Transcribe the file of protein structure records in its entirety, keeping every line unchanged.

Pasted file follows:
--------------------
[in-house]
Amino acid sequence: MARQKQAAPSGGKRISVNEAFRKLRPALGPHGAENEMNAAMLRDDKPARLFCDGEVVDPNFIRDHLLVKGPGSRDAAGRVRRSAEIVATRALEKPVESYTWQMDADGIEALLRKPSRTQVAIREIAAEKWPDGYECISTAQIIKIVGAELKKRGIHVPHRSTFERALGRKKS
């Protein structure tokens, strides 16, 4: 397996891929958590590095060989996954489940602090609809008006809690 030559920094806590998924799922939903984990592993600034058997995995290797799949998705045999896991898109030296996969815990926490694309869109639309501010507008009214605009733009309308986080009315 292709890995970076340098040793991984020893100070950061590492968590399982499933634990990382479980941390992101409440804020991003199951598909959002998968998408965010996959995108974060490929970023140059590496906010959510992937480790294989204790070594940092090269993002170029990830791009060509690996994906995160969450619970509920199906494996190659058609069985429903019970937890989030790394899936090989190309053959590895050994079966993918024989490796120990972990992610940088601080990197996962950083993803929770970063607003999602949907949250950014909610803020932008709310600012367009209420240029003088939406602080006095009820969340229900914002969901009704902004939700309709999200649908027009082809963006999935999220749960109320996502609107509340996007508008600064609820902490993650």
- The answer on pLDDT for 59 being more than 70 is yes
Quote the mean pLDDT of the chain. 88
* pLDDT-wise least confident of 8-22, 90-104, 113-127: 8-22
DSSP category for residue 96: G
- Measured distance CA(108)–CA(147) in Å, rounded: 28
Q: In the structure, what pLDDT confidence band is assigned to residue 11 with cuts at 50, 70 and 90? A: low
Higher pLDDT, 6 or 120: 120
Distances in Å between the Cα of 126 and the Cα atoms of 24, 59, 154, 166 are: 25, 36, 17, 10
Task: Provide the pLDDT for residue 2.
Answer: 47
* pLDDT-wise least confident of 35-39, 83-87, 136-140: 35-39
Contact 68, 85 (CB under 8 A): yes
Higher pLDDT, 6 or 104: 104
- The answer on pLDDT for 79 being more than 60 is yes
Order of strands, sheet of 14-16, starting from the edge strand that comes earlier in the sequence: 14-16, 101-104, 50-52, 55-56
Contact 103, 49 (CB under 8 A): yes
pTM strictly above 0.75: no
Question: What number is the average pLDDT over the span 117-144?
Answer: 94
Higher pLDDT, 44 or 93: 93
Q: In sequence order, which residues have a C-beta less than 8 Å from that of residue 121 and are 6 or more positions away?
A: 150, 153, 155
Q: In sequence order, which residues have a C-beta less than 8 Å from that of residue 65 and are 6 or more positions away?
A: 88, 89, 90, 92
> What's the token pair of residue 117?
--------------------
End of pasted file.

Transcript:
[in-house]
Amino acid sequence: MARQKQAAPSGGKRISVNEAFRKLRPALGPHGAENEMNAAMLRDDKPARLFCDGEVVDPNFIRDHLLVKGPGSRDAAGRVRRSAEIVATRALEKPVESYTWQMDADGIEALLRKPSRTQVAIREIAAEKWPDGYECISTAQIIKIVGAELKKRGIHVPHRSTFERALGRKKS
């Protein structure tokens, strides 16, 4: 397996891929958590590095060989996954489940602090609809008006809690 030559920094806590998924799922939903984990592993600034058997995995290797799949998705045999896991898109030296996969815990926490694309869109639309501010507008009214605009733009309308986080009315 292709890995970076340098040793991984020893100070950061590492968590399982499933634990990382479980941390992101409440804020991003199951598909959002998968998408965010996959995108974060490929970023140059590496906010959510992937480790294989204790070594940092090269993002170029990830791009060509690996994906995160969450619970509920199906494996190659058609069985429903019970937890989030790394899936090989190309053959590895050994079966993918024989490796120990972990992610940088601080990197996962950083993803929770970063607003999602949907949250950014909610803020932008709310600012367009209420240029003088939406602080006095009820969340229900914002969901009704902004939700309709999200649908027009082809963006999935999220749960109320996502609107509340996007508008600064609820902490993650």
- The answer on pLDDT for 59 being more than 70 is yes
Quote the mean pLDDT of the chain. 88
* pLDDT-wise least confident of 8-22, 90-104, 113-127: 8-22
DSSP category for residue 96: G
- Measured distance CA(108)–CA(147) in Å, rounded: 28
Q: In the structure, what pLDDT confidence band is assigned to residue 11 with cuts at 50, 70 and 90? A: low
Higher pLDDT, 6 or 120: 120
Distances in Å between the Cα of 126 and the Cα atoms of 24, 59, 154, 166 are: 25, 36, 17, 10
Task: Provide the pLDDT for residue 2.
Answer: 47
* pLDDT-wise least confident of 35-39, 83-87, 136-140: 35-39
Contact 68, 85 (CB under 8 A): yes
Higher pLDDT, 6 or 104: 104
- The answer on pLDDT for 79 being more than 60 is yes
Order of strands, sheet of 14-16, starting from the edge strand that comes earlier in the sequence: 14-16, 101-104, 50-52, 55-56
Contact 103, 49 (CB under 8 A): yes
pTM strictly above 0.75: no
Question: What number is the average pLDDT over the span 117-144?
Answer: 94
Higher pLDDT, 44 or 93: 93
Q: In sequence order, which residues have a C-beta less than 8 Å from that of residue 121 and are 6 or more positions away?
A: 150, 153, 155
Q: In sequence order, which residues have a C-beta less than 8 Å from that of residue 65 and are 6 or more positions away?
A: 88, 89, 90, 92
> What's the token pair of residue 117?